One example of this murky undertone to the ‘levelling up’ sound-bite is the government’s approach to young people. The ‘Kickstart’ scheme announced by Rishi Sunak hardly gets the engines of mobility going, offering a six-month placement, paid up to the minimum wage, but not guaranteeing any job at the end of it. It’s essentially cheap labour for companies. One criticism is that the placements will be taken up by graduates, and in the richer South, denying disadvantaged young people the same chance. But this is where the hollowness of the ‘levelling up’ agenda rings true. Once again, it’s the rich vs the poor, North vs South. If there was any section of society that should be least divided in these times, it is the youth, with young people across society expected to have a lower standard of living and be less likely to own a house than their parents. The pandemic has been brutal on all young people. Yes, they started from different bases, but the point still stands. Regardless of whether or not you view the scheme as beneficial, it exposes the true meaning of levelling up. If it truly is meant to help disadvantaged young people on benefits into work, then, whilst it provides employment (whether it is fulfilling is another matter— there’s no expectation on companies to provide a high quality experience), it’s only for six months. Then what? It doesn’t do anything to equip them with lifelong skills and qualifications that give them the freedom — and that’s the key word here — to pursue any career they want. The Chancellor has regularly spoken of people ‘retraining’ for jobs that will be ‘needed’ by industries in the future. On the surface, it seems fair enough. Arm people with ‘essential’ skills that will lead to sustainable employment. But, if I were to be cynical, it sounds as though we, the great mass, are being told to adapt to the new economy, rather than the economy being shaped by what we as a society want. And again, where is the longevity in this plan? Are people supposed to ‘retrain’ whenever the fickle economy morphs again? The pandemic has been a huge blow, but it has also shown the economy to be more fragile than previously portrayed. Where is the empowerment in that? The government loves to preach about self-sufficiency and personal responsibility, yet they appear to be ‘pruning’ workers to suit business or economic interests, rather than ‘levelling up’.

A case of divide and conquer?

Of course, I understand that people want and need a stable income, and I don’t want to sound wishy-washy about it all, but at the heart of it is an ideological concern. There’s no doubt that the mention of levelling up stirs some indignation or sense of injustice among people, rightly or wrongly. This enables the government to appear to be ‘pulling up’ those left behind. But what it ignores is that whether you’re being given a boost up, or being crushed, it’s still not entirely in your control. Universities, which at one point were seen as an engine of social mobility have consistently been a target for this government. Which is strange, considering that if they really wanted to ‘level up’ the country, they would work with universities to improve access for disadvantaged young people. Instead, they threatened to withhold much-needed funding from struggling institutions in the midst of a pandemic if universities didn’t sign up, promising to protect ‘freedom of speech’ on campus. This sustained and calculated ‘culture war’ launched against universities (and the arts) is part of a government campaign to undermine the sector, with a focus on ‘vocational skills’ and apprenticeships. Now, I in no way seek to diminish the value and necessity of these qualifications, but why is the government so insistent on telling the ‘disadvantaged’, and those in the North, that ‘university ain’t it’ and here’s the alternative. I also wonder if, in its current state at least, ministers would be happy for their own children to join the apprenticeship scheme? Or is the lane for their offspring signposted as ‘PPE at Oxford’?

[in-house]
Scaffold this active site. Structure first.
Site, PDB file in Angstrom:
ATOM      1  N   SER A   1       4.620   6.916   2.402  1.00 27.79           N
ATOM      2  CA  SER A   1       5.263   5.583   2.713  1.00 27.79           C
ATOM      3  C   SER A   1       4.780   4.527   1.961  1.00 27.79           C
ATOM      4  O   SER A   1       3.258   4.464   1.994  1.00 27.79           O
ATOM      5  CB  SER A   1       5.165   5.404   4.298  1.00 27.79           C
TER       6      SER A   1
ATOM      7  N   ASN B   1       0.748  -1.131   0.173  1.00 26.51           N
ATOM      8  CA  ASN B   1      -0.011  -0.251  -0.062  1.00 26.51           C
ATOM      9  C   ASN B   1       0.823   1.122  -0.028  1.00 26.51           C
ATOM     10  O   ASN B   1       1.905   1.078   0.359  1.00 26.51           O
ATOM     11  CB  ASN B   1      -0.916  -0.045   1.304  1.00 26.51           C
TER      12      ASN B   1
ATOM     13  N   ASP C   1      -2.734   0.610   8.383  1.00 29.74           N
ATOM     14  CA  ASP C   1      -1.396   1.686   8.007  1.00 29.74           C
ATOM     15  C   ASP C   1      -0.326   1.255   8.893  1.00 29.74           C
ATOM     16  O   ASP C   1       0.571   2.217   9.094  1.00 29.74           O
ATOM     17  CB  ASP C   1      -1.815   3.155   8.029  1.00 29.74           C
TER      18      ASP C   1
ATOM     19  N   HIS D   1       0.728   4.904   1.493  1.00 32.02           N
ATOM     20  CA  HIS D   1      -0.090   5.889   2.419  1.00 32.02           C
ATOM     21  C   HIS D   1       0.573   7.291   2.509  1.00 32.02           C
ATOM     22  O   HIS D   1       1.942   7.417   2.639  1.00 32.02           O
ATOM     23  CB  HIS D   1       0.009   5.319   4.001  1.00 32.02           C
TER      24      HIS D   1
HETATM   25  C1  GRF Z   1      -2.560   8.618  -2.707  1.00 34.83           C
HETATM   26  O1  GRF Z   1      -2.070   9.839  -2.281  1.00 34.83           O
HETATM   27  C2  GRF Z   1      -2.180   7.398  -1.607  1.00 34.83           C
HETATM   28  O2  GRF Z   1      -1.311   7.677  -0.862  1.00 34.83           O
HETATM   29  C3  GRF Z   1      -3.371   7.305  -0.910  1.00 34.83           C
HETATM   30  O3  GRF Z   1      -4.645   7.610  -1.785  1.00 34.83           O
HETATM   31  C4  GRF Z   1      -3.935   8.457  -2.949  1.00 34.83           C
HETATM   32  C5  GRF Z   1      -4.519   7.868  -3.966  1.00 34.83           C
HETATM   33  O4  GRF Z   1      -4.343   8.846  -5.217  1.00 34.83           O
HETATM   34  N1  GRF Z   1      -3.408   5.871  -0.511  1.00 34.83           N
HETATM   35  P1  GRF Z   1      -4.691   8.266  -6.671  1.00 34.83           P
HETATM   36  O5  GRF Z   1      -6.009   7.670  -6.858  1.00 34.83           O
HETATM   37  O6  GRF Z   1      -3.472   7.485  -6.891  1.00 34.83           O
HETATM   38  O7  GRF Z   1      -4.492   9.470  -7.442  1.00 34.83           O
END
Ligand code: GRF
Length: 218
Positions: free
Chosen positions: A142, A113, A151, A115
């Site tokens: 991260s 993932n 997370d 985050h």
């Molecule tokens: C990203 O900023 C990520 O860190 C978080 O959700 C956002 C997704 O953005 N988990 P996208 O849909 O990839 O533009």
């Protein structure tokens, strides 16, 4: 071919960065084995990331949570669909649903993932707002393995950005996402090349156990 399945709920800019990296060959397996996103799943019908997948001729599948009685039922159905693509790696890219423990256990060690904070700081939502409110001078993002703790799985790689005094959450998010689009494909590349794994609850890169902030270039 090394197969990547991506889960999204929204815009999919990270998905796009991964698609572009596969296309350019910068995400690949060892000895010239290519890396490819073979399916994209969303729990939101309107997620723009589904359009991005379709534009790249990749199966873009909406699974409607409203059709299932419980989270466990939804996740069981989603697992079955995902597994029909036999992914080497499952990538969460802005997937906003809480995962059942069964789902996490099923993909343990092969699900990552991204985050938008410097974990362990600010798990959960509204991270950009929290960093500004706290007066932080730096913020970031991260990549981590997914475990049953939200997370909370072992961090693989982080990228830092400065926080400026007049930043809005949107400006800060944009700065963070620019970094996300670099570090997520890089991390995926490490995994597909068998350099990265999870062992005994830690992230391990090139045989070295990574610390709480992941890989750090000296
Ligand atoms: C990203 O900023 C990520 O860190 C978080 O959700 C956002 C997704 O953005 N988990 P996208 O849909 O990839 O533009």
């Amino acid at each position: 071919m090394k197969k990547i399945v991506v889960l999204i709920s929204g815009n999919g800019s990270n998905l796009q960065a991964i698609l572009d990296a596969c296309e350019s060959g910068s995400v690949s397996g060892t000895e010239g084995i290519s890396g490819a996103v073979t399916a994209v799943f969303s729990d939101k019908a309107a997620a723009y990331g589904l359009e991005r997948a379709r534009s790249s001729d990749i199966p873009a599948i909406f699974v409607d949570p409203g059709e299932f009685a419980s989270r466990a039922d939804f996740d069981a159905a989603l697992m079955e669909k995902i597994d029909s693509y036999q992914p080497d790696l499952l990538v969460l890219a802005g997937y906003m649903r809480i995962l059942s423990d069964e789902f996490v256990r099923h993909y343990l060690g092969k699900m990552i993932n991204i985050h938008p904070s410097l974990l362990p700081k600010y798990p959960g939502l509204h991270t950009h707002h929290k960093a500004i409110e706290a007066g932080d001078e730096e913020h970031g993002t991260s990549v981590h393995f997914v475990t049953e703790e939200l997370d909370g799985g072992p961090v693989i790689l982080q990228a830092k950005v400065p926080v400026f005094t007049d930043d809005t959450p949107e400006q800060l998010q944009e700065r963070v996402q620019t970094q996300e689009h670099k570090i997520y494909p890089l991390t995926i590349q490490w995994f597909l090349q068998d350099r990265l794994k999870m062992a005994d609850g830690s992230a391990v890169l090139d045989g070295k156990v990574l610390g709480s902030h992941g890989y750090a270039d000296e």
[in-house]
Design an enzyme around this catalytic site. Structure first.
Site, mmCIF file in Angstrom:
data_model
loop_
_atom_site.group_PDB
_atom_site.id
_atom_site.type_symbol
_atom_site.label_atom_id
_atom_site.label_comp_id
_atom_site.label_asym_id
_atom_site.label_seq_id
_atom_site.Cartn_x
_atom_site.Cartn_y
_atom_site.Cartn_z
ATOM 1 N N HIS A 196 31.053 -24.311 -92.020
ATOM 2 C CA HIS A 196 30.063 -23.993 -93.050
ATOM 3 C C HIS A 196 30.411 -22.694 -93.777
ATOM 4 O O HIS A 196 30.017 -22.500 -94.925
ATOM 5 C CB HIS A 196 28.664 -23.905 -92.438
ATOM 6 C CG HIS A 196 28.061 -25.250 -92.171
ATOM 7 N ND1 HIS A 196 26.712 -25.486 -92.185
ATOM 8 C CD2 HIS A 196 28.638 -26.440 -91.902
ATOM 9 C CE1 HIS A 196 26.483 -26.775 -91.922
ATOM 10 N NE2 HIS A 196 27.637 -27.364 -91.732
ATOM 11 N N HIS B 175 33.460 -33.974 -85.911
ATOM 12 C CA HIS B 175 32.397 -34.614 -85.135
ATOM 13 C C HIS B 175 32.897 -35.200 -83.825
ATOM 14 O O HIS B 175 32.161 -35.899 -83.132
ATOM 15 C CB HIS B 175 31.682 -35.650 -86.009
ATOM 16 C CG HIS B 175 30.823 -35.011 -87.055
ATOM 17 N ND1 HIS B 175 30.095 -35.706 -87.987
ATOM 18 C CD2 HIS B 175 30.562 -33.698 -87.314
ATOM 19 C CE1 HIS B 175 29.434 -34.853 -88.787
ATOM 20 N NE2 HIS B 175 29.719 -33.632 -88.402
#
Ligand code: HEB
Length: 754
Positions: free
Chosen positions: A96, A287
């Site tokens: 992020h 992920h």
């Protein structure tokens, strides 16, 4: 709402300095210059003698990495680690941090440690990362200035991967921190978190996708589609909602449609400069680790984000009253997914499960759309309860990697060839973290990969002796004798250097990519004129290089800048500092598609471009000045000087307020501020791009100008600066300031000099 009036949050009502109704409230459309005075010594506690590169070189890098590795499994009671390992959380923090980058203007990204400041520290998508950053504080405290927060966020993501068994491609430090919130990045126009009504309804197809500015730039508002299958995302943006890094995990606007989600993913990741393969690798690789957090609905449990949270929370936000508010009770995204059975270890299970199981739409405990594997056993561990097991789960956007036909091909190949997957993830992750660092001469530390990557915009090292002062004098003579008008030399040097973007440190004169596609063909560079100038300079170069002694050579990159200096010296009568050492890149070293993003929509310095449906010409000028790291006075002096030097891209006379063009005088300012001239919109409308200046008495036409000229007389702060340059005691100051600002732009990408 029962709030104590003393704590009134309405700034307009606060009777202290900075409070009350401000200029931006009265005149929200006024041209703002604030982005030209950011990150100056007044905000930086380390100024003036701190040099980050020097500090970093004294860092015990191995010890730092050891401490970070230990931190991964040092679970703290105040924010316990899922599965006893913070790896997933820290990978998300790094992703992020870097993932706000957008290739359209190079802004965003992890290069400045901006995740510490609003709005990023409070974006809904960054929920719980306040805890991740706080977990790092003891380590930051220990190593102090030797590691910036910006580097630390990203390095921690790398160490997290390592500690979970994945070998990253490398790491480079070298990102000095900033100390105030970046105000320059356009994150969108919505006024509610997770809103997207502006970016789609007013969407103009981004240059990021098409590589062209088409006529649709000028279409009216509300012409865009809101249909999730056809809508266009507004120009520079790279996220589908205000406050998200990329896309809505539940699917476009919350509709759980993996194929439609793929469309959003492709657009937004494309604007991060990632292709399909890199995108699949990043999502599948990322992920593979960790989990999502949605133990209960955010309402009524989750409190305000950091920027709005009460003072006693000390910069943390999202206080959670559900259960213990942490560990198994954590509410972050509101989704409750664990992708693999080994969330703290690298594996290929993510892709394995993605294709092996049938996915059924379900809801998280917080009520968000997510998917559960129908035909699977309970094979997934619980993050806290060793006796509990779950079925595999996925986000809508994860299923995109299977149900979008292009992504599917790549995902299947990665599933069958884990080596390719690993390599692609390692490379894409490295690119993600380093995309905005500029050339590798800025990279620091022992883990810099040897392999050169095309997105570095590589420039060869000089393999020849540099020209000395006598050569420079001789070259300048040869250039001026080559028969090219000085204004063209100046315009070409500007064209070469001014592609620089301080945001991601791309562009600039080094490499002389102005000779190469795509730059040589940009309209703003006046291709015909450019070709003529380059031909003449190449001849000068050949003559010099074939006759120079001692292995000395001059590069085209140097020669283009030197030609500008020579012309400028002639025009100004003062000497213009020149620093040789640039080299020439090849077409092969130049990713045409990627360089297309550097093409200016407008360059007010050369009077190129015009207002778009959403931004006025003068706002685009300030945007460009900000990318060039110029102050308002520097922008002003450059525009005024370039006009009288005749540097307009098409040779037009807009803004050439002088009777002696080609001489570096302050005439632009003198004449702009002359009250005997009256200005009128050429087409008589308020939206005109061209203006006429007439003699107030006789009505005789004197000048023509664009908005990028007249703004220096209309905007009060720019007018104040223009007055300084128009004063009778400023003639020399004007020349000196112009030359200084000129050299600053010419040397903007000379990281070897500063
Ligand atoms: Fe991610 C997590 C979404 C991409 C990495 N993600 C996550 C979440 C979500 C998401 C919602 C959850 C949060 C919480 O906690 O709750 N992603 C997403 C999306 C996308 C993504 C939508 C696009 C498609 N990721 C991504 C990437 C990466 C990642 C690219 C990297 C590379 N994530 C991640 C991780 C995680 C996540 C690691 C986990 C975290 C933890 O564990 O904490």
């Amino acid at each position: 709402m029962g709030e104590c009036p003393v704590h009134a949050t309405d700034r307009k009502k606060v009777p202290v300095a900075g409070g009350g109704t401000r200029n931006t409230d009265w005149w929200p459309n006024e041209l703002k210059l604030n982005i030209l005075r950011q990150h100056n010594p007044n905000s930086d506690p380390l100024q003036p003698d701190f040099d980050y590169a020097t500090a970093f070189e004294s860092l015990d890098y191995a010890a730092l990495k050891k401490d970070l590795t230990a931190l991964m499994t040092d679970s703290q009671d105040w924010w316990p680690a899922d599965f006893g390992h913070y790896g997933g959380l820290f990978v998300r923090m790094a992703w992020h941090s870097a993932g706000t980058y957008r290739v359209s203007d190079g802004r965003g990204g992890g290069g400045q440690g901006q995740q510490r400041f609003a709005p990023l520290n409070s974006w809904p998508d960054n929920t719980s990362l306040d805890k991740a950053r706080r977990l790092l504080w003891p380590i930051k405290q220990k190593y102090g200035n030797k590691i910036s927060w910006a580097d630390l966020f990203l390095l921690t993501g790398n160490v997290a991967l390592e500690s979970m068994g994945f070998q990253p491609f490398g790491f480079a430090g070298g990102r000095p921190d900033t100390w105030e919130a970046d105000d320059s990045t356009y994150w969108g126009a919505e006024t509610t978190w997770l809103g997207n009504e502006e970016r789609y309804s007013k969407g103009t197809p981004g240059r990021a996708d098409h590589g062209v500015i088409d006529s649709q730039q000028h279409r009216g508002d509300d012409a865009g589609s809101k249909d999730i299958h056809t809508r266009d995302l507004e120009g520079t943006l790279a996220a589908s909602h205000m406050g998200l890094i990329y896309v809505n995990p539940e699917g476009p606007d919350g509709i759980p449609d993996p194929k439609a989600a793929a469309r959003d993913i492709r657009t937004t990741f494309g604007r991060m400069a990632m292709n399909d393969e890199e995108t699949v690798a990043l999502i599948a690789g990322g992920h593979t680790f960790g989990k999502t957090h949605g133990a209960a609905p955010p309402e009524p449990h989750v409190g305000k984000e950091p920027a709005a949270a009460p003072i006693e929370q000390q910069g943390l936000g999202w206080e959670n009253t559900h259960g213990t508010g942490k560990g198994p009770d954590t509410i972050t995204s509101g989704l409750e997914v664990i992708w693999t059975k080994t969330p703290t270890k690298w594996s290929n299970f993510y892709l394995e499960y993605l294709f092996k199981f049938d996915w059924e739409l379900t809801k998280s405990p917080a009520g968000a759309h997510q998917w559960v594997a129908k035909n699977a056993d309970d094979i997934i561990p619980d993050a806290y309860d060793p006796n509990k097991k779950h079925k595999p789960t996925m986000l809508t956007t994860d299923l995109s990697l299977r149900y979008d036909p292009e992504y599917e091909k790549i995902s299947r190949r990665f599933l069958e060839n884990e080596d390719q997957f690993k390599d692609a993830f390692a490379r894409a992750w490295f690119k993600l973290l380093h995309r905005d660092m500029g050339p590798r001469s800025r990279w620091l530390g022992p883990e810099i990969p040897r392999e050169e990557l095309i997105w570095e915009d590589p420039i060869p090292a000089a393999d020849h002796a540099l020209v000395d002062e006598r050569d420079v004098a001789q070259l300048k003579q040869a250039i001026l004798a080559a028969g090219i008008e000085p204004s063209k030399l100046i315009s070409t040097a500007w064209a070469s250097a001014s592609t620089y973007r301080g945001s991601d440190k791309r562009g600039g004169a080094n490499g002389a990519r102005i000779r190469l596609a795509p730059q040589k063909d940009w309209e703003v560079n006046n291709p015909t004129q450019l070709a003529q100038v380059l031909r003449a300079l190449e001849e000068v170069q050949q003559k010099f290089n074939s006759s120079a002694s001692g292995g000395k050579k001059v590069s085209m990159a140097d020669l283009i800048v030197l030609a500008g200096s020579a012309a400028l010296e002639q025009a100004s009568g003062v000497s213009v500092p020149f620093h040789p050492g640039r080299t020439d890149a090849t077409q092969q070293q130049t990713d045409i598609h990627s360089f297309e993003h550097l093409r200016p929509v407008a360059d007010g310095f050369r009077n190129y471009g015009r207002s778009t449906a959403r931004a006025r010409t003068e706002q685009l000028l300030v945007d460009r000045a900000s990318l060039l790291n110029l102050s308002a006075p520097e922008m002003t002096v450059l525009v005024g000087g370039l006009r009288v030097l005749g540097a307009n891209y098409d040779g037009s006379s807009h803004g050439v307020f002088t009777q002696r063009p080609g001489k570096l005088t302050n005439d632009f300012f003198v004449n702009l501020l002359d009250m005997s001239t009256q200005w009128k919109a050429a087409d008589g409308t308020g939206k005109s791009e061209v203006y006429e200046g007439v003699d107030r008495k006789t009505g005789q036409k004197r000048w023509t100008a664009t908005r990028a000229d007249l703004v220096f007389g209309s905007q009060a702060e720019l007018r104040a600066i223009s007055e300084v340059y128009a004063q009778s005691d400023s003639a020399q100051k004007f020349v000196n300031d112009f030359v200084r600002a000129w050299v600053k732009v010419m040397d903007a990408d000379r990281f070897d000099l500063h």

Even the Erasmus — sorry, ‘Turing’ — scheme, meant as an exercise in collaboration and partnership, has become a battle of rich vs poor. The image being portrayed of the exchange programme as a sort of free holiday for rich students is disingenuous, and also ignores the fact that losing the scheme wipes away the £200 million it brought in. Universities will have to ‘bid’ to join the new scheme and only ‘successful applicants’ will receive funding for it. So does this mean that some students will be denied this supposedly ‘life-changing’ experience simply because of the university they attend? Universities are meant to be the great equaliser, and whilst we know that it doesn’t translate that way in reality, this doesn’t change the fact that the government continues to monopolise things that were once unifying and freely available — just to be able to seize them and hand them to people and say, ‘look what we’ve given you’. Seems more ‘divide and conquer’ than ‘levelling up’.

True levelling up means ensuring that people are equipped with the knowledge and education to make their own career and life choices, and then providing the practical and physical infrastructure to turn theory into reality. That means offering teaching and cultural experiences in state schools that equal those of the private sector. It also means affordable and reliant transport to commute for jobs, whilst living where you grew up because it’s your home; or moving closer to the job because that’s what you want and affordable housing is available. It means comprehensive healthcare that doesn’t leave you for months on a waiting list, unable to work.

Doesn’t this sound so much more dynamic than the rather limp ‘levelling up’? So, whenever you hear the phrase being parroted, don’t think ‘resurfacing the pavement’. Think: ‘giving you the skills we want you to have so that you can do the job we want you to do, and not think things we don’t want you to think, whilst making you think this is everything you want’.